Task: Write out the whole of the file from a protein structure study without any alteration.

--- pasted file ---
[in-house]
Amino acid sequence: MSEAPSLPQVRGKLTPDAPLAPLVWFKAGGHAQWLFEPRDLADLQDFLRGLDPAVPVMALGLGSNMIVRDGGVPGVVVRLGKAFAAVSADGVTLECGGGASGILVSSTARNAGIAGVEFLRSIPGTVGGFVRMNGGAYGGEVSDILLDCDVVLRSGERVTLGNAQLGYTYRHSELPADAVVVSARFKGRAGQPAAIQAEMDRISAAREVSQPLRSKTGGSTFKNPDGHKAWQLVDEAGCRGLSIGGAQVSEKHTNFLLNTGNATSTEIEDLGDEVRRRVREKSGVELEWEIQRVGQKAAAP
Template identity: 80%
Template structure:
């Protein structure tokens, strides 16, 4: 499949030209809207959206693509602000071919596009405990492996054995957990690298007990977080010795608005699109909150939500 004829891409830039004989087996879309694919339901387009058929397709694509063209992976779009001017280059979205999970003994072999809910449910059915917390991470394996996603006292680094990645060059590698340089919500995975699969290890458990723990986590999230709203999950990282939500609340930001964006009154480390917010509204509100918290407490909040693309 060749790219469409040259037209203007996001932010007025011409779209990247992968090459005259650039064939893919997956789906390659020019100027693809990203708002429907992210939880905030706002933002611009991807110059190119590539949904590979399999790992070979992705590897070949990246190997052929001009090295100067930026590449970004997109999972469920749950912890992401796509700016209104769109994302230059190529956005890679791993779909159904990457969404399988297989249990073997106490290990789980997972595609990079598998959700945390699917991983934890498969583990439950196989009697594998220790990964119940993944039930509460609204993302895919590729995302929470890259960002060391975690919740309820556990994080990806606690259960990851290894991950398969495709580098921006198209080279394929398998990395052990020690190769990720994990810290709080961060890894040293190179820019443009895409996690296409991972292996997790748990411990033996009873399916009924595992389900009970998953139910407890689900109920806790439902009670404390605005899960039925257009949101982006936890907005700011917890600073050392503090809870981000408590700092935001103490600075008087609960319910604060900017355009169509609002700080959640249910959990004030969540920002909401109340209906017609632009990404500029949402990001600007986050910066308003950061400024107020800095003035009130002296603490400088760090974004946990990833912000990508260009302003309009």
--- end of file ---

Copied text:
[in-house]
Amino acid sequence: MSEAPSLPQVRGKLTPDAPLAPLVWFKAGGHAQWLFEPRDLADLQDFLRGLDPAVPVMALGLGSNMIVRDGGVPGVVVRLGKAFAAVSADGVTLECGGGASGILVSSTARNAGIAGVEFLRSIPGTVGGFVRMNGGAYGGEVSDILLDCDVVLRSGERVTLGNAQLGYTYRHSELPADAVVVSARFKGRAGQPAAIQAEMDRISAAREVSQPLRSKTGGSTFKNPDGHKAWQLVDEAGCRGLSIGGAQVSEKHTNFLLNTGNATSTEIEDLGDEVRRRVREKSGVELEWEIQRVGQKAAAP
Template identity: 80%
Template structure:
């Protein structure tokens, strides 16, 4: 499949030209809207959206693509602000071919596009405990492996054995957990690298007990977080010795608005699109909150939500 004829891409830039004989087996879309694919339901387009058929397709694509063209992976779009001017280059979205999970003994072999809910449910059915917390991470394996996603006292680094990645060059590698340089919500995975699969290890458990723990986590999230709203999950990282939500609340930001964006009154480390917010509204509100918290407490909040693309 060749790219469409040259037209203007996001932010007025011409779209990247992968090459005259650039064939893919997956789906390659020019100027693809990203708002429907992210939880905030706002933002611009991807110059190119590539949904590979399999790992070979992705590897070949990246190997052929001009090295100067930026590449970004997109999972469920749950912890992401796509700016209104769109994302230059190529956005890679791993779909159904990457969404399988297989249990073997106490290990789980997972595609990079598998959700945390699917991983934890498969583990439950196989009697594998220790990964119940993944039930509460609204993302895919590729995302929470890259960002060391975690919740309820556990994080990806606690259960990851290894991950398969495709580098921006198209080279394929398998990395052990020690190769990720994990810290709080961060890894040293190179820019443009895409996690296409991972292996997790748990411990033996009873399916009924595992389900009970998953139910407890689900109920806790439902009670404390605005899960039925257009949101982006936890907005700011917890600073050392503090809870981000408590700092935001103490600075008087609960319910604060900017355009169509609002700080959640249910959990004030969540920002909401109340209906017609632009990404500029949402990001600007986050910066308003950061400024107020800095003035009130002296603490400088760090974004946990990833912000990508260009302003309009």